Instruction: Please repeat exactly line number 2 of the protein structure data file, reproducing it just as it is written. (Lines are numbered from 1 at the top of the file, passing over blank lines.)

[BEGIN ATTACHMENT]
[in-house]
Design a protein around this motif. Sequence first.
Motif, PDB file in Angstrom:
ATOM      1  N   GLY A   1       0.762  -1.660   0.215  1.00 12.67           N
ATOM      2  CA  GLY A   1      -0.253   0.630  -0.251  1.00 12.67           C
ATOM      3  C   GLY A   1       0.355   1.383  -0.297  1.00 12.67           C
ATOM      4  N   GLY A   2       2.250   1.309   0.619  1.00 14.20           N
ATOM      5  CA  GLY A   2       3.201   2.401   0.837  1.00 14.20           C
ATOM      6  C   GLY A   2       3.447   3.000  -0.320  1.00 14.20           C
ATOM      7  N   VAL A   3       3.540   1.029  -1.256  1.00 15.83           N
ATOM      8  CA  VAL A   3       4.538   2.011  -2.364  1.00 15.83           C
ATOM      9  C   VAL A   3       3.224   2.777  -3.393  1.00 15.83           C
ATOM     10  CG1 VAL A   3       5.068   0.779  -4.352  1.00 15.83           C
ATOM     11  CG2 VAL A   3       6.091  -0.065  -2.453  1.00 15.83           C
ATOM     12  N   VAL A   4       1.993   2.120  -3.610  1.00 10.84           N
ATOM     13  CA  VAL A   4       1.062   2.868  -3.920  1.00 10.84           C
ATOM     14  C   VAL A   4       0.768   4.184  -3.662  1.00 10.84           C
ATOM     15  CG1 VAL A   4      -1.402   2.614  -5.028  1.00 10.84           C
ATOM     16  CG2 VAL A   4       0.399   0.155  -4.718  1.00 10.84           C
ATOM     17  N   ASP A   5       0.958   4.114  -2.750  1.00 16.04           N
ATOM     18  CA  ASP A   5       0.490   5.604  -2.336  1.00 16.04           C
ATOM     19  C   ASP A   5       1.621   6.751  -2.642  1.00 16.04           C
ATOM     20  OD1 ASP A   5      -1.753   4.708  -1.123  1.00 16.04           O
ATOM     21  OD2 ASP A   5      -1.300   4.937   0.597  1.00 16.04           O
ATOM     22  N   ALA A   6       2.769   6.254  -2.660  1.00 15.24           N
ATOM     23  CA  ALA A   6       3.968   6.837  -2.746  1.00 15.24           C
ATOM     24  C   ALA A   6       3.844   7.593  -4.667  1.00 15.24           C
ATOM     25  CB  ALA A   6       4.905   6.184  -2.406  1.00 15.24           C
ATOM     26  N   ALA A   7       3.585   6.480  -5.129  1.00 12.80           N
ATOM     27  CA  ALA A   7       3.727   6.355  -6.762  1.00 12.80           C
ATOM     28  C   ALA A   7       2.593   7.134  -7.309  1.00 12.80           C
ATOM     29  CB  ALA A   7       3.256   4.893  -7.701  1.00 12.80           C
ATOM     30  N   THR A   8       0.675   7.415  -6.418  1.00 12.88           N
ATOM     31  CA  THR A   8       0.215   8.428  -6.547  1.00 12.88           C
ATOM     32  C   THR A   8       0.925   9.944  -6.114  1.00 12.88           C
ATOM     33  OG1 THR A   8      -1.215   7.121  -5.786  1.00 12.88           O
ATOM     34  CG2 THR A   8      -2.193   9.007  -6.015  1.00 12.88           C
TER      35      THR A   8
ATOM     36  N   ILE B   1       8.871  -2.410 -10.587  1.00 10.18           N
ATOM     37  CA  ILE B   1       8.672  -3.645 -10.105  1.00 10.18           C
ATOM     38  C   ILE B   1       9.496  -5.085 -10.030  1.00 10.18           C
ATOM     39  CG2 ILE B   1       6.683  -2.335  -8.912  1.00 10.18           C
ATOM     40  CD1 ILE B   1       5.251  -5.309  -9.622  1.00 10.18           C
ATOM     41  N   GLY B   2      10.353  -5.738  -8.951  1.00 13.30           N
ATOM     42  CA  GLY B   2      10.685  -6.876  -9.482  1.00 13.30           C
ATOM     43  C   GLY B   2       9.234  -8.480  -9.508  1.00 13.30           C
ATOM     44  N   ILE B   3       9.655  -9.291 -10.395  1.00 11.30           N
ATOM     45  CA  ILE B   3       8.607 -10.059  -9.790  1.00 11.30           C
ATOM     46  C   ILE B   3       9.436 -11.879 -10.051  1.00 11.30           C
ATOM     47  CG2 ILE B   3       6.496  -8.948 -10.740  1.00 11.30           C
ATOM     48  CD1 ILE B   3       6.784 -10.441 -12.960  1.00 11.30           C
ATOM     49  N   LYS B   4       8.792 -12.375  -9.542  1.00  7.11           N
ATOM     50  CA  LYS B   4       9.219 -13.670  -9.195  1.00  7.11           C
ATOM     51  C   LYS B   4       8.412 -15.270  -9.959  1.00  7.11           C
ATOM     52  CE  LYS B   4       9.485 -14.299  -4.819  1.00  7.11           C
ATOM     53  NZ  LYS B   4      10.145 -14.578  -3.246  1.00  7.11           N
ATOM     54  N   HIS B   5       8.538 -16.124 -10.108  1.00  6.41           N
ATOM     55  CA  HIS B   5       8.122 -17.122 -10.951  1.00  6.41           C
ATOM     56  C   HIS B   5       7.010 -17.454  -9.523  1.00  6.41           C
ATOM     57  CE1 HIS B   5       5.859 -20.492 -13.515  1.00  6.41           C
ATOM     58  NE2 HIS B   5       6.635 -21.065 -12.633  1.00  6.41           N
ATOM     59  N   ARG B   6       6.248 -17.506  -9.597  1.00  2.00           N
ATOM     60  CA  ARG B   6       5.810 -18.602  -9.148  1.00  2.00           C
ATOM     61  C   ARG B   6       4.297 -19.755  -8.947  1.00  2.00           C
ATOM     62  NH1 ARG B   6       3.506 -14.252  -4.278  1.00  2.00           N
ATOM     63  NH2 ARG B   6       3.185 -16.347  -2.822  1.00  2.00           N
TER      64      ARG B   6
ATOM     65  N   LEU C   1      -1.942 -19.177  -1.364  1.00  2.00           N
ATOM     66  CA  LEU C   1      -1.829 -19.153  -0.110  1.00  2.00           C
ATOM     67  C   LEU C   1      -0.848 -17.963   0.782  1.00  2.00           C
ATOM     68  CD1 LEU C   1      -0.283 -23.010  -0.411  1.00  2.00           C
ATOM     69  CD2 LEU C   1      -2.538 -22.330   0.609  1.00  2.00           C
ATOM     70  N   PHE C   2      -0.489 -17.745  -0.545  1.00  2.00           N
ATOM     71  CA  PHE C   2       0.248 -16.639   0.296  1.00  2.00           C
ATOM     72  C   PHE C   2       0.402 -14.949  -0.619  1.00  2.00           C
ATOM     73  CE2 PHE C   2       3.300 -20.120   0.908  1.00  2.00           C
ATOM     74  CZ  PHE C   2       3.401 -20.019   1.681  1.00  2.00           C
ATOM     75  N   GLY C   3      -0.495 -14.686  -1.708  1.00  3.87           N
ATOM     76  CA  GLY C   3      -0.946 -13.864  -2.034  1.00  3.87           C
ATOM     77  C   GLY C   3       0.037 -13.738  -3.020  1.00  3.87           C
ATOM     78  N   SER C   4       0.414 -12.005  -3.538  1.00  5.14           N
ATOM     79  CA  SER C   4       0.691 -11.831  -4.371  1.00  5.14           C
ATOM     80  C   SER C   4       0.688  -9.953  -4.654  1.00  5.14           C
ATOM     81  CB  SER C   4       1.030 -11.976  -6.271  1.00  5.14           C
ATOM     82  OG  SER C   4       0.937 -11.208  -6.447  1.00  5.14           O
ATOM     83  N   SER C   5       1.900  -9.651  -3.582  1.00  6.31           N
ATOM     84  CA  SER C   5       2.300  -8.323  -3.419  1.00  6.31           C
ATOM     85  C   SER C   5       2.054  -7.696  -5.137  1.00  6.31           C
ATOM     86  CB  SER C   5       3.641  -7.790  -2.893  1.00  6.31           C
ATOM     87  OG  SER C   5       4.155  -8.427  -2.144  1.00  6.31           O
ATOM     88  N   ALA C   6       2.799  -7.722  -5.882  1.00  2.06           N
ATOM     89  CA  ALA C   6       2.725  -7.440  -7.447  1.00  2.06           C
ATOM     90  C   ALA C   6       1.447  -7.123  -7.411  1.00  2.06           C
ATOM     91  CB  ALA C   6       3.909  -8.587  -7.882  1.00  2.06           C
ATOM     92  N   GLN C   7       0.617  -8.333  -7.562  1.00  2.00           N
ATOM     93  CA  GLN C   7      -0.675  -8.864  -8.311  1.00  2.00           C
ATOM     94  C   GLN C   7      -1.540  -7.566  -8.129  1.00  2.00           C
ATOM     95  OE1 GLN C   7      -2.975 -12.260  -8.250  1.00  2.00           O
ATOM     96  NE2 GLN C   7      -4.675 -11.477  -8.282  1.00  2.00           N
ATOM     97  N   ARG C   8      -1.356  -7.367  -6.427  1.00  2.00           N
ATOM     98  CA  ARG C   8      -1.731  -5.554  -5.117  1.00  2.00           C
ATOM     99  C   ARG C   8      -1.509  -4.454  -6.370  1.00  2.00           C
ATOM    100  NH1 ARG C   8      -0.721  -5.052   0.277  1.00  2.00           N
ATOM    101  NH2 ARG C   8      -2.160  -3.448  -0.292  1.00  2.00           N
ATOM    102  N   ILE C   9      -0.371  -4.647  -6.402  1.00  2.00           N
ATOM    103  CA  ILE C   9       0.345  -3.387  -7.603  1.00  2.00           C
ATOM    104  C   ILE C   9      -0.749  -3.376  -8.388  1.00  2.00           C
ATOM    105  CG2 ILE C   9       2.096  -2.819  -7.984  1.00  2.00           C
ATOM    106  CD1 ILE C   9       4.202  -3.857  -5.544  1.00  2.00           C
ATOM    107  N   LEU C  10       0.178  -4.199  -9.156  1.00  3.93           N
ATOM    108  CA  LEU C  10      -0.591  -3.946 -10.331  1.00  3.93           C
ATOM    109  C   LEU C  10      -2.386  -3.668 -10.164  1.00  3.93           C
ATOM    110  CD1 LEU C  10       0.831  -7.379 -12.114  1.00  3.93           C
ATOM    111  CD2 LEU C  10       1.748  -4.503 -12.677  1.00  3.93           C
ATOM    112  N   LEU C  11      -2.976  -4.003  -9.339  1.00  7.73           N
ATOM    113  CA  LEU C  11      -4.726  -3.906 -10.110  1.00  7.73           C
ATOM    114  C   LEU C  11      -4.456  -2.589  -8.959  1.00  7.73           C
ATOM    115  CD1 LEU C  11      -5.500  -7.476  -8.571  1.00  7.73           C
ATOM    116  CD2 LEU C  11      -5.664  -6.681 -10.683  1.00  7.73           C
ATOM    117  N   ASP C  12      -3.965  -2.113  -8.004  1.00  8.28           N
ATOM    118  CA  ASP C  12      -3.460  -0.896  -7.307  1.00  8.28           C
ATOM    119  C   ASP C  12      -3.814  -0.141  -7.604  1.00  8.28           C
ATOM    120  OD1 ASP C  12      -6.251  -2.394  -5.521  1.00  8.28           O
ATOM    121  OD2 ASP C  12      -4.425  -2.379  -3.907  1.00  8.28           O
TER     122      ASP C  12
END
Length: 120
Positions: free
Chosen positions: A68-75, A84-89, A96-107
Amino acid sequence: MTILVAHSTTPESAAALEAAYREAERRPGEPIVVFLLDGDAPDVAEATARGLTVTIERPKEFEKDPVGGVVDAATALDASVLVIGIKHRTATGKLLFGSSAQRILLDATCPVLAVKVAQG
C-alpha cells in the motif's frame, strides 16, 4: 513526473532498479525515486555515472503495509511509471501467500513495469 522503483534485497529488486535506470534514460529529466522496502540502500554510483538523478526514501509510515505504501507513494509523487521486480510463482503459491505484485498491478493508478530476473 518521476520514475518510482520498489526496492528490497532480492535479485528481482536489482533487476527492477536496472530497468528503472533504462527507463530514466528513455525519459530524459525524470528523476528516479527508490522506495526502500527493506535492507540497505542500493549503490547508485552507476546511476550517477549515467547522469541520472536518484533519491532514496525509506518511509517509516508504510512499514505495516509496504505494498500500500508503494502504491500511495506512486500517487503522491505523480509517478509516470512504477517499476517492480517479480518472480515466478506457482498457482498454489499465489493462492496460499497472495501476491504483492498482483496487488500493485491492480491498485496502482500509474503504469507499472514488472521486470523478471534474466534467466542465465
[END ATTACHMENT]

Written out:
Design a protein around this motif. Sequence first.